EU top jobs leave big climate questions

(Climate Change News, 3 Jul 2019) Ursula von der Leyen has been nominated to lead the EU’s executive at a critical moment for climate policy, but she has no record on the issue.

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It’s not clear what the EU’s newest leader thinks about climate change.

After days of tense negotiations in the midst of an unprecedented heatwave, EU leaders finally agreed on the candidates to take on the bloc’s top jobs and set the political direction for the next five years.

At the eleventh hour, German defence minister Ursula von der Leyen was selected to be the next European Commission president, heading the EU’s executive body.

Known to few outside Germany, von der Leyen was an outsider and didn’t stand as a lead candidate. As such, she has not been subject to public scrutiny or a debate.

The new intake will determine how urgently the EU can achieve consensus on reaching carbon neutrality by 2050 and agree to ramp-up its 2030 targets. But the records of four nominees announced on Tuesday only hint at where climate change will rank in their list of priorities.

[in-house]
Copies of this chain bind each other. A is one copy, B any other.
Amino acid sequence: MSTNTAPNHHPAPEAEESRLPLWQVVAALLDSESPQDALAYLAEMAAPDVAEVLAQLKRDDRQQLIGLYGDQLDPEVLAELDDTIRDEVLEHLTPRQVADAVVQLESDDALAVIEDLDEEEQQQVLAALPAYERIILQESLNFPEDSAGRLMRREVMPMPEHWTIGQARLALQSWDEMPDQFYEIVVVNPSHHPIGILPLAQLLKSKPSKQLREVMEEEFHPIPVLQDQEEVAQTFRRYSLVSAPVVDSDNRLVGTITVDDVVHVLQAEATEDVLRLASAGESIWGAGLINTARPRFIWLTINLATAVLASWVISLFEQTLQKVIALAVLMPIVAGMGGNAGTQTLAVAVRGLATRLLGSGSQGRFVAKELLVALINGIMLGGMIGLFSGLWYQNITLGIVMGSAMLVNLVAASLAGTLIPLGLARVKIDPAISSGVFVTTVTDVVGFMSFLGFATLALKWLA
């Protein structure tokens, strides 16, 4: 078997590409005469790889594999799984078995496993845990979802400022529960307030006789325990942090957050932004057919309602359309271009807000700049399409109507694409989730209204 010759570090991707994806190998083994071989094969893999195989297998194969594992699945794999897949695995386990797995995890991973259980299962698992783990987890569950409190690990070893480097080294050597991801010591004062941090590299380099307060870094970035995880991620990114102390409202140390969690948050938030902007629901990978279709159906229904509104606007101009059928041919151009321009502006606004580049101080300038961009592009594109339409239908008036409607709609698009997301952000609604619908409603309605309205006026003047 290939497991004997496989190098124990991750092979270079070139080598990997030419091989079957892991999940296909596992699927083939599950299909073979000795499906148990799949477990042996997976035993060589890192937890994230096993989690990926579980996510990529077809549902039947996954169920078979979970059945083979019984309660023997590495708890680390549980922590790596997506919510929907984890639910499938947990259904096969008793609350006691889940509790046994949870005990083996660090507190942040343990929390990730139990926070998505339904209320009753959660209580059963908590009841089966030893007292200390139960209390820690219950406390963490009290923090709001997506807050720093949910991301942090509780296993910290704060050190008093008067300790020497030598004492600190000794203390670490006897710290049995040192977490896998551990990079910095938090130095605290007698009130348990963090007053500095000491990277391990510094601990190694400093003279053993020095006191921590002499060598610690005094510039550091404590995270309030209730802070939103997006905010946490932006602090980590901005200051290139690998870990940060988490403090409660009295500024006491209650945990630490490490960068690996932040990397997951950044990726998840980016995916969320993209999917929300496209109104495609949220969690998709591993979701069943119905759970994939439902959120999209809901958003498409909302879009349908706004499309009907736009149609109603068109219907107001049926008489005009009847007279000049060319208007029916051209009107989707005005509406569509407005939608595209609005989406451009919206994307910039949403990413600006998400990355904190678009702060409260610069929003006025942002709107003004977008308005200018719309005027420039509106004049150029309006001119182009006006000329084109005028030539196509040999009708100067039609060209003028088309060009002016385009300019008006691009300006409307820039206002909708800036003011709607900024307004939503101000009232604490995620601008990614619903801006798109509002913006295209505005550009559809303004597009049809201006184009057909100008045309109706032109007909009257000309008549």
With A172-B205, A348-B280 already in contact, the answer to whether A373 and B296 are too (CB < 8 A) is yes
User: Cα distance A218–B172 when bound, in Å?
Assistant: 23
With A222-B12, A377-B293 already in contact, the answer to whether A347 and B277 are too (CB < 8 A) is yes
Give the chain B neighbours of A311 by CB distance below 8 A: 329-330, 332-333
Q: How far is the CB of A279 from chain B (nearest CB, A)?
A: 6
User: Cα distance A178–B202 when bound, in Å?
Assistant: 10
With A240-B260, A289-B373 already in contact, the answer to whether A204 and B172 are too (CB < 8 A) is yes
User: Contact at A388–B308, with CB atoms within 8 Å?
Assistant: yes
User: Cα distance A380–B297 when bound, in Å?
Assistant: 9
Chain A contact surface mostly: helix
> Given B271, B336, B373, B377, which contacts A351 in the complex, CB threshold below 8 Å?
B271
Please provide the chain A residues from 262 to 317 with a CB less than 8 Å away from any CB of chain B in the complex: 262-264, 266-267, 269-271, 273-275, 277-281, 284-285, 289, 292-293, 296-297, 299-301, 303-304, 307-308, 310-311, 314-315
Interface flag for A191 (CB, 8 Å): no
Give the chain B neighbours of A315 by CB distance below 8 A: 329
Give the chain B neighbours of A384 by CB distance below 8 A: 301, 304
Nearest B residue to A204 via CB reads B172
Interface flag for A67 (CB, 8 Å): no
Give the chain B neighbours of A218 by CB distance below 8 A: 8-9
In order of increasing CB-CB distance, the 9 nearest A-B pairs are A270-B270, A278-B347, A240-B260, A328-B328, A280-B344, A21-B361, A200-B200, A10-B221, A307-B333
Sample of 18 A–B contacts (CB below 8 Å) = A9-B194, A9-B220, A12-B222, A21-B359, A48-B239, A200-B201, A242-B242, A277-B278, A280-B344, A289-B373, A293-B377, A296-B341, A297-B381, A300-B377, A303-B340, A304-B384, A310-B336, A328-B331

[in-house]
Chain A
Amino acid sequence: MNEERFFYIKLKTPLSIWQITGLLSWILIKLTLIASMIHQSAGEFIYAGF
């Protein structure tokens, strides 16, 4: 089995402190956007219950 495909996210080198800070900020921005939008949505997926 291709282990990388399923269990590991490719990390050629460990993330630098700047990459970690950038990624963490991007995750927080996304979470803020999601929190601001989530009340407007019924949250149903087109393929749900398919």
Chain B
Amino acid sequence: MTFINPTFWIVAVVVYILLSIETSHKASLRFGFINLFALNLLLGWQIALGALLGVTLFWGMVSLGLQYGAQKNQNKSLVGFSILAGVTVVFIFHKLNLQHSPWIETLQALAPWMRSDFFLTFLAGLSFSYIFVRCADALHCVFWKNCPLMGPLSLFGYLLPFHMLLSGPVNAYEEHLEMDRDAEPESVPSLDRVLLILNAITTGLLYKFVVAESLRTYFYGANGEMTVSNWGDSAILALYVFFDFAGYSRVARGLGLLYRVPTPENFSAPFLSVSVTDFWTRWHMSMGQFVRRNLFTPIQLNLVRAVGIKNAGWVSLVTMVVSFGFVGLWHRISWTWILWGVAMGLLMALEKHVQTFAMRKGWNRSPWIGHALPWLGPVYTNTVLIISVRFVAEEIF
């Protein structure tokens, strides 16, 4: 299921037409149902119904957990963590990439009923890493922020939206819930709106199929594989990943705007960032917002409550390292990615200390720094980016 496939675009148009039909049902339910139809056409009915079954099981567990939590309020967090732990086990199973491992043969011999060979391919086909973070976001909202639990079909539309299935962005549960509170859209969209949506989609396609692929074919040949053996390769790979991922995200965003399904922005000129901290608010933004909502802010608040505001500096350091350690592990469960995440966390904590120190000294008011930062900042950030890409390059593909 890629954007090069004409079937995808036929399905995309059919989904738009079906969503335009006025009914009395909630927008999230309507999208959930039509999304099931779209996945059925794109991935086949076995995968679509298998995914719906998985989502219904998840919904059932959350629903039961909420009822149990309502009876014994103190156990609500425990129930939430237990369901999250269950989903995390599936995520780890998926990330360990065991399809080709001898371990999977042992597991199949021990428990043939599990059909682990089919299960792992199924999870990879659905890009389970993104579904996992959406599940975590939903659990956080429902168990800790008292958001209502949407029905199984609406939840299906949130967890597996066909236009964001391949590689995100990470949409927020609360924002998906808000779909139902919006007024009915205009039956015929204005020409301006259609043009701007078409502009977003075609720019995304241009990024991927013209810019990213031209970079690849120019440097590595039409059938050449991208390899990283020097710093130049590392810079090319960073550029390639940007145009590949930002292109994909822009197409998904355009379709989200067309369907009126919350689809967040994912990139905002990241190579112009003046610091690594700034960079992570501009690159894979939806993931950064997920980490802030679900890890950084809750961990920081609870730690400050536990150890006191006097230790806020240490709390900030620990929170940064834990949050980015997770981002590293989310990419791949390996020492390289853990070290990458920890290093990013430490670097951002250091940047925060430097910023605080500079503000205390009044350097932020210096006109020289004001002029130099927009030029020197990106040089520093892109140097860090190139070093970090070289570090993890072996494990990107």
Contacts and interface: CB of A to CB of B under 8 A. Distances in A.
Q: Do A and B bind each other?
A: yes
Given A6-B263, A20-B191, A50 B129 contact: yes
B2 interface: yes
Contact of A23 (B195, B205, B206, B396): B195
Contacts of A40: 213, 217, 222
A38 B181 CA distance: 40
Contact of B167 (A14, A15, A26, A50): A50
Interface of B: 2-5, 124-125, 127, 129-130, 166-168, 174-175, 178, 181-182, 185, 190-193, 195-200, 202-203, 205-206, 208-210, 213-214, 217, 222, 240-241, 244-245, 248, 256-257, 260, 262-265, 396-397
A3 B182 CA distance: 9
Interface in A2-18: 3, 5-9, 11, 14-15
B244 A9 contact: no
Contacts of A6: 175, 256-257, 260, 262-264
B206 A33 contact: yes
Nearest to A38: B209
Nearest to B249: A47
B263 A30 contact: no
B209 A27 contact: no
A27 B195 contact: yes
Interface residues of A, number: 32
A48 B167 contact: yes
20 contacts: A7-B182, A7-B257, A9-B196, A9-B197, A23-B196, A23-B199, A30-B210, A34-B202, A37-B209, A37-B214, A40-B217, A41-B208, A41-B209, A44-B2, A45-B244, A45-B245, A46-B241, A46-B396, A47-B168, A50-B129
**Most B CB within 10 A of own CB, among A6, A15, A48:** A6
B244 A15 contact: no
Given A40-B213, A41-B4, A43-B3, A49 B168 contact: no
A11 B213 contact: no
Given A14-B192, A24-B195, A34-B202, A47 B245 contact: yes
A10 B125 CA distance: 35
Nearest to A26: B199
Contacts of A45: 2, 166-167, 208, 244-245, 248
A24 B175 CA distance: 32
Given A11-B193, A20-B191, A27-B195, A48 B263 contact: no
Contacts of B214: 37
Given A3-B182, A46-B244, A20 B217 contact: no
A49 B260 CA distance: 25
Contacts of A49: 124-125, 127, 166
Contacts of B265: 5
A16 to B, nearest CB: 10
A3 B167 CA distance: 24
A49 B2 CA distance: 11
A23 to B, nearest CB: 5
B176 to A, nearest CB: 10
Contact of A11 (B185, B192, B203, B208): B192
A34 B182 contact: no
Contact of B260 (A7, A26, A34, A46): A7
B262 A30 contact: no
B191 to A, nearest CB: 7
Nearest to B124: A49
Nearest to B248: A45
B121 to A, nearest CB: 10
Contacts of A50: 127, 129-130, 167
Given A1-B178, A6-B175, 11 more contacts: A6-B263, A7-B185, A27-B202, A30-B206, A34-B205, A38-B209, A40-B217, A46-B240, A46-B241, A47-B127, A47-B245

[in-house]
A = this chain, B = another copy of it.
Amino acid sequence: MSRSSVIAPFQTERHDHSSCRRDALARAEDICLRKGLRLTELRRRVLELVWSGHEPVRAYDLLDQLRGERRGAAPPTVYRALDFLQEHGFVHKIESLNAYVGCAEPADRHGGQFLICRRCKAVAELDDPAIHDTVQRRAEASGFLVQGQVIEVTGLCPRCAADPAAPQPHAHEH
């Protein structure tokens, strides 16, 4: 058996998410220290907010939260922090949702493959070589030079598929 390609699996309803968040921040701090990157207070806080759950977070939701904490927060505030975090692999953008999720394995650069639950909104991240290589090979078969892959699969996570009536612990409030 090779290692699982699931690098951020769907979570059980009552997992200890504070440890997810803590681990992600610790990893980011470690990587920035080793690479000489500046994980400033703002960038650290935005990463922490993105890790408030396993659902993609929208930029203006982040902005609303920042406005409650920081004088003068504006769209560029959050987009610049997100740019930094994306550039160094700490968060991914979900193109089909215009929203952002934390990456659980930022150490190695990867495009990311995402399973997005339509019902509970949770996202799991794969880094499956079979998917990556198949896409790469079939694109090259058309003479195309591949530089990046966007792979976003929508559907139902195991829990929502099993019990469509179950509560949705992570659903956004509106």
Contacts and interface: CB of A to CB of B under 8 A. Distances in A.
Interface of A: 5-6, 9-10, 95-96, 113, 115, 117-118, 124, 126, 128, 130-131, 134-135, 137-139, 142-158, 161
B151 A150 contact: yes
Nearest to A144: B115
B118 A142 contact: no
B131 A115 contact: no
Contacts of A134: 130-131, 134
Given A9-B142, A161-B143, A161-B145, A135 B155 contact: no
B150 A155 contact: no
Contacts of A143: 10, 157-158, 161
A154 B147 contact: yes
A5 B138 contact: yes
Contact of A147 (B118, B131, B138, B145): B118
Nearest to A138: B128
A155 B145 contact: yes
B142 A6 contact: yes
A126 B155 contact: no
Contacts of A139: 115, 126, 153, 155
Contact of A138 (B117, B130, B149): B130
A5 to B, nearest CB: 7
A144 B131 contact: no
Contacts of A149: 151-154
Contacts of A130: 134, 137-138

Von der Leyen is an ally of Angela Merkel in the Christian Democrats. Socially liberal, she has no record of engagement with climate policy and was strongly opposed by the Socialists and Democrats (S&D) and Greens groups in the EU parliament, which hoped for a progressive coalition endorsing the socialist candidate Frans Timmermans.

In a scathing tweet, Martin Schulz, leader of Germany’s Social Democrats, said Von der Leyen’s nomination was “a victory” for Viktor Orban, the right-wing populist Hungarian leader who supported the commission president nominee. “For us, von der Leyen is the weakest minister. That is obviously enough to become head of the commission,” he said.

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Climate Change News, 3 Jul 2019: EU top jobs leave big climate questions